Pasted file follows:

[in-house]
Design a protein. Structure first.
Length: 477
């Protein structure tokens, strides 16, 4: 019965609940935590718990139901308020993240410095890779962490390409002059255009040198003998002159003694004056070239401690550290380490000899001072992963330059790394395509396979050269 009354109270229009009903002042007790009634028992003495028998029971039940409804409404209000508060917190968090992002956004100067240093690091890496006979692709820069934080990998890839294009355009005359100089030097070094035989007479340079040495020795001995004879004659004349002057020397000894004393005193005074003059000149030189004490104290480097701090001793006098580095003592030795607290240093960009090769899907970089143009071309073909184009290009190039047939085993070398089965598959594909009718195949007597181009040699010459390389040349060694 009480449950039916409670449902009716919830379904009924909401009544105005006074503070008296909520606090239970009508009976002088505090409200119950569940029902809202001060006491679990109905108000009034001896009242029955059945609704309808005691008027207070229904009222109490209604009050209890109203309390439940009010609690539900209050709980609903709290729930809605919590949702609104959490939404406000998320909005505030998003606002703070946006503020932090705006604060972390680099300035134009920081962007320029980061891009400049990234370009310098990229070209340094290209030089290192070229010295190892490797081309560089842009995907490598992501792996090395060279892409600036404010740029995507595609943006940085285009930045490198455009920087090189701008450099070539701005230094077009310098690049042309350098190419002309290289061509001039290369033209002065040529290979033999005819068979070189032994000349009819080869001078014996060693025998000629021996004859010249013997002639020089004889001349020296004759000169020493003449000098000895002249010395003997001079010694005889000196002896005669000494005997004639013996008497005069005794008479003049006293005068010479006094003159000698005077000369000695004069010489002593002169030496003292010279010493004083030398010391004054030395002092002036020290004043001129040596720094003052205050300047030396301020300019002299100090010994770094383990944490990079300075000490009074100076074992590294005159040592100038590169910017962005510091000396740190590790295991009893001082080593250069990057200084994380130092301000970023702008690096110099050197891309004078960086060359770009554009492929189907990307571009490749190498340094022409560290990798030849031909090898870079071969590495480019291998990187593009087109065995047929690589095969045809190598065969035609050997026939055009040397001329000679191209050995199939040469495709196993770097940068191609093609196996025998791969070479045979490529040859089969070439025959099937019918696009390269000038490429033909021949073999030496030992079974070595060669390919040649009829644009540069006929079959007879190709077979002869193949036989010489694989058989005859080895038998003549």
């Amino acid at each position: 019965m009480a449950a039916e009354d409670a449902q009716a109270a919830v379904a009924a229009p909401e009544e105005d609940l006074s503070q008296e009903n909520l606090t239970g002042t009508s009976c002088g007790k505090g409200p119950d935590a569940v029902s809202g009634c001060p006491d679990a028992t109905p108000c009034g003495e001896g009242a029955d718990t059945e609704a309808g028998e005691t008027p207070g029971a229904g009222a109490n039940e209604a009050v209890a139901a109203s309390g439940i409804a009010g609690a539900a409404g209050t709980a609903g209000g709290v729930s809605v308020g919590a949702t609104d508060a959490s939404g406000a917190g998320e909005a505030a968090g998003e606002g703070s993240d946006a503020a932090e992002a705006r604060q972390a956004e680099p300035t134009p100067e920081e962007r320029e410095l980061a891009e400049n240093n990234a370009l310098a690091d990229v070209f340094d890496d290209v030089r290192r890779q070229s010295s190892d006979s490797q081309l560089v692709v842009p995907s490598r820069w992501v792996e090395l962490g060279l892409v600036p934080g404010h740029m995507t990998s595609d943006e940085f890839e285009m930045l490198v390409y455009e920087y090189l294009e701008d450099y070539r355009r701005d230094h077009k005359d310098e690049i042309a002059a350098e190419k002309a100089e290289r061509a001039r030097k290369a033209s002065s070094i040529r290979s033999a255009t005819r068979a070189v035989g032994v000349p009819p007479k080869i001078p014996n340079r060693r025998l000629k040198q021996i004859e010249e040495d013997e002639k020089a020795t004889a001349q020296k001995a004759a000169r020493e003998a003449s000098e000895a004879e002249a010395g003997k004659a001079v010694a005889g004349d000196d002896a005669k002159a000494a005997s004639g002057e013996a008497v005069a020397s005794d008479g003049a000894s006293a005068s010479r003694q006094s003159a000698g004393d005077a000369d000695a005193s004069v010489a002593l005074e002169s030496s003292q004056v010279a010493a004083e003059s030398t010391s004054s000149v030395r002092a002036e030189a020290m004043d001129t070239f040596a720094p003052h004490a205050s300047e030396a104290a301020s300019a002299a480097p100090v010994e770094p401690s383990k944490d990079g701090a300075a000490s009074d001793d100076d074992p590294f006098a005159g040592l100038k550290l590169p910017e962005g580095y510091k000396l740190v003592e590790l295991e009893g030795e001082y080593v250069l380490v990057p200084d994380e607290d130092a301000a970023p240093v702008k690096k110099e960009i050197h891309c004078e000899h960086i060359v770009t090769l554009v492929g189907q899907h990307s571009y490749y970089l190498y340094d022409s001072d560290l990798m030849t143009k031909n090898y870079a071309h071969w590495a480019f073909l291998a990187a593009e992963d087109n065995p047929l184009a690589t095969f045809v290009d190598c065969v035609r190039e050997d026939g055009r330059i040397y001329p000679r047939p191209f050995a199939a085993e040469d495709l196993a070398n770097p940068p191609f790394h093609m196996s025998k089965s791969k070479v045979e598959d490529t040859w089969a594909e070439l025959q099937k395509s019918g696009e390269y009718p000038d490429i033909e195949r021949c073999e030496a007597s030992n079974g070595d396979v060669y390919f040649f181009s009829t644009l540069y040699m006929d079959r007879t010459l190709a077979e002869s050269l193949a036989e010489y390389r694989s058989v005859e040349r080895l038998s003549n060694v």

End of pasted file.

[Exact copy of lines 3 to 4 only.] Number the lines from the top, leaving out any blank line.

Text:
Length: 477
């Protein structure tokens, strides 16, 4: 019965609940935590718990139901308020993240410095890779962490390409002059255009040198003998002159003694004056070239401690550290380490000899001072992963330059790394395509396979050269 009354109270229009009903002042007790009634028992003495028998029971039940409804409404209000508060917190968090992002956004100067240093690091890496006979692709820069934080990998890839294009355009005359100089030097070094035989007479340079040495020795001995004879004659004349002057020397000894004393005193005074003059000149030189004490104290480097701090001793006098580095003592030795607290240093960009090769899907970089143009071309073909184009290009190039047939085993070398089965598959594909009718195949007597181009040699010459390389040349060694 009480449950039916409670449902009716919830379904009924909401009544105005006074503070008296909520606090239970009508009976002088505090409200119950569940029902809202001060006491679990109905108000009034001896009242029955059945609704309808005691008027207070229904009222109490209604009050209890109203309390439940009010609690539900209050709980609903709290729930809605919590949702609104959490939404406000998320909005505030998003606002703070946006503020932090705006604060972390680099300035134009920081962007320029980061891009400049990234370009310098990229070209340094290209030089290192070229010295190892490797081309560089842009995907490598992501792996090395060279892409600036404010740029995507595609943006940085285009930045490198455009920087090189701008450099070539701005230094077009310098690049042309350098190419002309290289061509001039290369033209002065040529290979033999005819068979070189032994000349009819080869001078014996060693025998000629021996004859010249013997002639020089004889001349020296004759000169020493003449000098000895002249010395003997001079010694005889000196002896005669000494005997004639013996008497005069005794008479003049006293005068010479006094003159000698005077000369000695004069010489002593002169030496003292010279010493004083030398010391004054030395002092002036020290004043001129040596720094003052205050300047030396301020300019002299100090010994770094383990944490990079300075000490009074100076074992590294005159040592100038590169910017962005510091000396740190590790295991009893001082080593250069990057200084994380130092301000970023702008690096110099050197891309004078960086060359770009554009492929189907990307571009490749190498340094022409560290990798030849031909090898870079071969590495480019291998990187593009087109065995047929690589095969045809190598065969035609050997026939055009040397001329000679191209050995199939040469495709196993770097940068191609093609196996025998791969070479045979490529040859089969070439025959099937019918696009390269000038490429033909021949073999030496030992079974070595060669390919040649009829644009540069006929079959007879190709077979002869193949036989010489694989058989005859080895038998003549």